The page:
Date of Graduation


Document Type


Degree Type



Davis College of Agriculture, Natural Resources and Design


Animal and Nutritional Sciences

Committee Chair

Kristen Matak

Committee Co-Chair

Jacek Jaczynski

Committee Member

Jacek Jaczynski

Committee Member

Yong-Lak Park


The weight changes, survival/mortality rates, and proximate compositions of Tenebrio molitor (yellow mealworm) larvae whose diets were supplemented with apple pomace were analyzed after a 4-week feeding study to examine the nutritional quality of the insects for use as a future potential food source. Going forward, the terms “mealworm(s)”, "yellow mealworm(s)”, “T. molitor” will be used interchangeably and will always refer to the same species. The mealworm larvae were randomly divided into two groups: in addition to standard worm chow, one group was given 15 g/week of non-nutritive water-storing polymer crystals and the other was given apple pomace ad libitum which was made in-house. Weight changes were not significantly different between the two groups after four weeks (p > 0.05). Survival rates were similar; however, there was a correlation between increased rates of pupation and decreased survivability rates among the survivors (ρ < 0.05) in both groups. There were no significant differences in protein, fat, and ash between the two groups (p > 0.05; dry weight basis). The crude protein in water bead (WB) worms was 38.38 ± 0.05g/100 g compared to apple pomace worms (AP) which contained 38.33 ± 0.07 g/100 g. The total fat in the WB worms was 51.94 ± 0.15 g/100 g, compared to 52.27 ± 0.09 g/100 g in the AP worms. The ash content was also similar between WB worms (0.20 ± 0.001) and AP worms (0.16 ± 0.002). On the other hand, the moisture content of the WB mealworms was greater than (66.89± 0.01g/100 g) the AP mealworms (63.89 ± 0.01; p< 0.05). Results of this study show that mealworms are a significant source of protein, and when mealworm feed is supplemented with apple pomace, protein concentration is not affected.

The solubility, proximate composition, amino acid profile, SDS-PAGE summary, thermal abilities, mineral composition, and color of Tenebrio molitor (yellow mealworm) larvae were studied to determine the nutritional quality and functional properties of the insects. The mealworm larvae were tested in various forms (fresh, frozen whole mealworms; freeze-dried whole mealworms; fresh, frozen mealworm protein isolate; and freeze-dried mealworm protein isolate) to determine if there were any differences in the qualities of the mealworms when proteins were isolated via isoelectric solubilization/precipitation (ISP) or freeze-dried before various analyses. The greatest protein solubility was seen at a pH of 12. On a dry weight basis, the protein concentration of the fresh, frozen whole mealworms (75.30±0.02 g/100g) was greater than the freeze-dried mealworms (66.33±0.02 g/100g); (p0.05). T. molitor contains all essential amino acids; however, tryptophan is limiting. Whole freeze-dried mealworm samples had significantly greater concentrations of amino acids when compared to mealworm protein isolate samples. SDS-PAGE revealed that actomyosin was seen across the Mini-PROTEAN TGX precast Gel; it was effectively isolated and did not degrade when ISP was completed. Differential scanning calorimetry showed that mealworm protein isolates had more drastic transitions than freeze-dried whole mealworms. Mealworms are not a good source of calcium, but they do provide potassium, phosphorus, and especially magnesium. The fresh, frozen whole mealworms contained a significantly greater amount of these minerals than freeze-dried mealworm protein isolate samples (pTenebrio molitor can provide a reliable protein option while possibly mitigating environmental impacts; therefore, it is imperative to further investigate the potential of insect proteins.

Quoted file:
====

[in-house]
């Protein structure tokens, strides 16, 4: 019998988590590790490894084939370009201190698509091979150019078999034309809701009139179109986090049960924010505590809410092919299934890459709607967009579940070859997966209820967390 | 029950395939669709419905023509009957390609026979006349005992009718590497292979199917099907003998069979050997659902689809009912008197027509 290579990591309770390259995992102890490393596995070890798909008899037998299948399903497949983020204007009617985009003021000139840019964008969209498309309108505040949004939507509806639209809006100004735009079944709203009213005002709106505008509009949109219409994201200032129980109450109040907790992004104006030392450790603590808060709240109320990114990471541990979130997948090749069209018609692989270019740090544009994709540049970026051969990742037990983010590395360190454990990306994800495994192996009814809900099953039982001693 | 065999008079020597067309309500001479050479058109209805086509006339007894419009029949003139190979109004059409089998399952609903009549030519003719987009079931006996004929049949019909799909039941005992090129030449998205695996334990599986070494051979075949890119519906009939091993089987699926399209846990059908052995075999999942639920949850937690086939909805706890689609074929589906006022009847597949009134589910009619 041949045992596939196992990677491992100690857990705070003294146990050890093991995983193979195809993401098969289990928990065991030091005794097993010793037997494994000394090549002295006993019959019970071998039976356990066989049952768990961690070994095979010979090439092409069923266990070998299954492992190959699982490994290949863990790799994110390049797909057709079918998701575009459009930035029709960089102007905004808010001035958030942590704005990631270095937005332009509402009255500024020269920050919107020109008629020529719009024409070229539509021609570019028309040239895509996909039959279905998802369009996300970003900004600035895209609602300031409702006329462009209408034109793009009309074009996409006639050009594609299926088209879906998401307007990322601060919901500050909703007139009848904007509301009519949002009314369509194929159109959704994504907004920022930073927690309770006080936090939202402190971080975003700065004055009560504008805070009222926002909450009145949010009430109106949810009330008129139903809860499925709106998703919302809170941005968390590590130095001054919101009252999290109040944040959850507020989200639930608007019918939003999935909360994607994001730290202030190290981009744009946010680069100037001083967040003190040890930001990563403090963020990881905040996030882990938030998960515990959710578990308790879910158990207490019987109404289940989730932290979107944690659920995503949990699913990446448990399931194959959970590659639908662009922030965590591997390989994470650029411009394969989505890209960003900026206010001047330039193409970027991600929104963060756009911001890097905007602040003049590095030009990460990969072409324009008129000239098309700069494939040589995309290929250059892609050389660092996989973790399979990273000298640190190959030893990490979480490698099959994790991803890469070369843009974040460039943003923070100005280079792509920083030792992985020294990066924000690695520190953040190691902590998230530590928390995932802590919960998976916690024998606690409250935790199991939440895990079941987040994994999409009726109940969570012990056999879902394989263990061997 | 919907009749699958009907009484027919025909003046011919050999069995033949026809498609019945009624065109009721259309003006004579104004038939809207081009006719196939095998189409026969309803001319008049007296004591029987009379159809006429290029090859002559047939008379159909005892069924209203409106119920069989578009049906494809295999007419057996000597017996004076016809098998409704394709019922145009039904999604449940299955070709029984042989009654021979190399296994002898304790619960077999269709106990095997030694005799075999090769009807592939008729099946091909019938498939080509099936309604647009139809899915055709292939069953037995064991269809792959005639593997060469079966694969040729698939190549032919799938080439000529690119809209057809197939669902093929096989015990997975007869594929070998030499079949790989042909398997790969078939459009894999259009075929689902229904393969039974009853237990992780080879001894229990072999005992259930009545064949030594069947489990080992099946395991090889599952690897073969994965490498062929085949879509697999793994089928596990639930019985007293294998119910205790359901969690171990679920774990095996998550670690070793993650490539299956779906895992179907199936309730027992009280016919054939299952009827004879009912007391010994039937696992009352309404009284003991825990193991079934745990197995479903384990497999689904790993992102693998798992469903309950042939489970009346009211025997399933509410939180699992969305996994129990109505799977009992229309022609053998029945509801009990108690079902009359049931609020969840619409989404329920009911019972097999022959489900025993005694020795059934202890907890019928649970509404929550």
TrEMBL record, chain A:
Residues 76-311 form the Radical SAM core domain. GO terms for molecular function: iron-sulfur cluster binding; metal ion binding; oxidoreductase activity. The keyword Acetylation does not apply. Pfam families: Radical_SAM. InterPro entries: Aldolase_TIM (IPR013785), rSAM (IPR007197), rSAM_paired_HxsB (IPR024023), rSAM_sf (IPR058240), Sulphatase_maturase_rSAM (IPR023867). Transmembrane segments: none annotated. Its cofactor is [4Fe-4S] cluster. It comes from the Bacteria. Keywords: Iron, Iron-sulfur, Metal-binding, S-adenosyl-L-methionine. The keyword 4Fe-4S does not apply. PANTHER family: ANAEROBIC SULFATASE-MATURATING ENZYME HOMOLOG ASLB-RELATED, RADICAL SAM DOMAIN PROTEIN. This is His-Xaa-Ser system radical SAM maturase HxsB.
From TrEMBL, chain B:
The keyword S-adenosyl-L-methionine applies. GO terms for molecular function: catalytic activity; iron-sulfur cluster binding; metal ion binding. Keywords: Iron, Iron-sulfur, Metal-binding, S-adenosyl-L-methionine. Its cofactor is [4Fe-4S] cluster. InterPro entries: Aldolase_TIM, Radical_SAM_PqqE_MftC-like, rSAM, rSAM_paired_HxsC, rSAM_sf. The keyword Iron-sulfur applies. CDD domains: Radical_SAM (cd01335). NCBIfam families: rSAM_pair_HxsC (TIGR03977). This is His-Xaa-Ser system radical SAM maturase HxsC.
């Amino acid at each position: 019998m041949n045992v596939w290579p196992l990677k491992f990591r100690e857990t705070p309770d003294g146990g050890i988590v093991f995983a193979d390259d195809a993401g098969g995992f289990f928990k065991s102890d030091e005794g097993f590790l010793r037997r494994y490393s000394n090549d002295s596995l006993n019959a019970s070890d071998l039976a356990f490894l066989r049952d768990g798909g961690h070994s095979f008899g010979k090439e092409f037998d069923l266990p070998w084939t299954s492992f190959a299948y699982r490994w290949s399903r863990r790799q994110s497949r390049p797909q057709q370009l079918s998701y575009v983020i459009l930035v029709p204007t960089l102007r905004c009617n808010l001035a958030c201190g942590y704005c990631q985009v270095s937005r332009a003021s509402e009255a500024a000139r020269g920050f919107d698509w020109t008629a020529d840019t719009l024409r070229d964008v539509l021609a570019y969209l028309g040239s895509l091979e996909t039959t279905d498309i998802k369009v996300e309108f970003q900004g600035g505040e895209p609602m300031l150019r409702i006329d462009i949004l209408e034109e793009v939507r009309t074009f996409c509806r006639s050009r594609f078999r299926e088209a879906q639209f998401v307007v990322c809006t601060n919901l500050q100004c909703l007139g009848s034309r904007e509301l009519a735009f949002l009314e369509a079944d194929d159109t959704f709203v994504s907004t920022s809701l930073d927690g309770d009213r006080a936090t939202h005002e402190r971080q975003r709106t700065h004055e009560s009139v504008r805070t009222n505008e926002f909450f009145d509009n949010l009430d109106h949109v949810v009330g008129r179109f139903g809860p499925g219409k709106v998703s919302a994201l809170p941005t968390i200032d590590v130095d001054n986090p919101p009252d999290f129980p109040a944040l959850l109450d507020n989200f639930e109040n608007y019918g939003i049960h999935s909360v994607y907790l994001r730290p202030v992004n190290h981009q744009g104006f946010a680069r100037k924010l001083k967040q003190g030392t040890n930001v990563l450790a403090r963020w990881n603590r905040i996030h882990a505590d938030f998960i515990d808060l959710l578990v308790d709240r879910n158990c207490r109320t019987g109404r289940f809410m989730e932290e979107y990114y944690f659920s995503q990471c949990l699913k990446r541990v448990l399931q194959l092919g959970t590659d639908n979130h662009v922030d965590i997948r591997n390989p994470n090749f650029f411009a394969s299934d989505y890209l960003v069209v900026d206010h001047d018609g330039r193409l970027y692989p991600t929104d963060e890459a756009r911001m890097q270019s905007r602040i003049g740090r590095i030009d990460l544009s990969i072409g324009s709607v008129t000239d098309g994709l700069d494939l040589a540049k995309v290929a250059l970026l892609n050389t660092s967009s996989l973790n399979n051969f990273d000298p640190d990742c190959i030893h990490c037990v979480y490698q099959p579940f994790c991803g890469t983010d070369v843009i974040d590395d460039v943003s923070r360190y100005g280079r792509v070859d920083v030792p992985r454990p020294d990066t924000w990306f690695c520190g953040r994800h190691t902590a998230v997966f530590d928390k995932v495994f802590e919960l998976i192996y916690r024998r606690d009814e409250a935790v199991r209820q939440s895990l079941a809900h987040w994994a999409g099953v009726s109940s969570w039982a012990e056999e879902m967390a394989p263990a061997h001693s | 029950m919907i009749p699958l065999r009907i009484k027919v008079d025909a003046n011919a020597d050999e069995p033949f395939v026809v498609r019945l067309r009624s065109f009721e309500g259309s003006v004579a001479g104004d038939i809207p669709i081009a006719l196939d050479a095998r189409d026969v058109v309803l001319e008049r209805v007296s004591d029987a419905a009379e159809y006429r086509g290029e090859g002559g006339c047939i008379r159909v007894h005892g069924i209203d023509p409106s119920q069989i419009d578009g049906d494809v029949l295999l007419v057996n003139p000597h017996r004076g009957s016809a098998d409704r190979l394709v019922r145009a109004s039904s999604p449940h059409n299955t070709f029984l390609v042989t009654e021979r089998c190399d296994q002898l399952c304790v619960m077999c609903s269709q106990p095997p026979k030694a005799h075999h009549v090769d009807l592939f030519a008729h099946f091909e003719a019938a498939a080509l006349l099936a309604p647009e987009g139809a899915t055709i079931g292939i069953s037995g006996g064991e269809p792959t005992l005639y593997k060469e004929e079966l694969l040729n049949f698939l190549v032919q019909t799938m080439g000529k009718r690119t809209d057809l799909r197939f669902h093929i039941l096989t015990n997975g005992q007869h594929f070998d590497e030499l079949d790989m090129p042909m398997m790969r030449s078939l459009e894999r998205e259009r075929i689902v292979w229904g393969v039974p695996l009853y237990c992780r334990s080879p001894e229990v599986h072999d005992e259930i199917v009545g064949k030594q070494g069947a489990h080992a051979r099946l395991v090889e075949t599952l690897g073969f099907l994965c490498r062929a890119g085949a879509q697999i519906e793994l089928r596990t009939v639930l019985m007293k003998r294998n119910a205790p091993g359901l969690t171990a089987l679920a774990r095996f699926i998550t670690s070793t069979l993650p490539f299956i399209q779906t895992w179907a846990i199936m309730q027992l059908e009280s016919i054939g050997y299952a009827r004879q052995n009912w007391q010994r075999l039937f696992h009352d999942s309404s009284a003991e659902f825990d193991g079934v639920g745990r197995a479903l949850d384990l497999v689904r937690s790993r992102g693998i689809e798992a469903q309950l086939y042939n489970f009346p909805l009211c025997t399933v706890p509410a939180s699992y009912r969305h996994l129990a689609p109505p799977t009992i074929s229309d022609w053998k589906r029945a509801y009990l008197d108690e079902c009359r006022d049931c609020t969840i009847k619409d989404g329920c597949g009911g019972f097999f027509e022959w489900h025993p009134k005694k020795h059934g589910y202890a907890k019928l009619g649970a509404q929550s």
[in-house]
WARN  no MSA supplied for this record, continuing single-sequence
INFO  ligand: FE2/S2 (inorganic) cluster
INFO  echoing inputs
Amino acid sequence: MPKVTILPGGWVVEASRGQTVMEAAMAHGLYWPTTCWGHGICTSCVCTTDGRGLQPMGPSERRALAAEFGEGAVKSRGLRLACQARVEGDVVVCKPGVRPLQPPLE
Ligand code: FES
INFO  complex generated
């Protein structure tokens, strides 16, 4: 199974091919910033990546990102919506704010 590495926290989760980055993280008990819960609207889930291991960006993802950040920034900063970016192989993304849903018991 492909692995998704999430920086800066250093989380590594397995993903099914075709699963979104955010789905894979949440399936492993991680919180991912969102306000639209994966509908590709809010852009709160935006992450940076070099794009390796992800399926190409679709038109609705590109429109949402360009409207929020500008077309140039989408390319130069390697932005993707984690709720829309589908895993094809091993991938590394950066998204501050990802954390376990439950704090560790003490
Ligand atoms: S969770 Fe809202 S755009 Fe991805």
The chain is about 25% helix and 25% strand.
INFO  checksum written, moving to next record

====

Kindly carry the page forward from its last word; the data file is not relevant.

My signed shuttle sheet where my committee signed off on my thesis was already submitted to Dr. Kimberly Barnes (dean) - I do not currently have a copy of it, but Dr. Barnes does.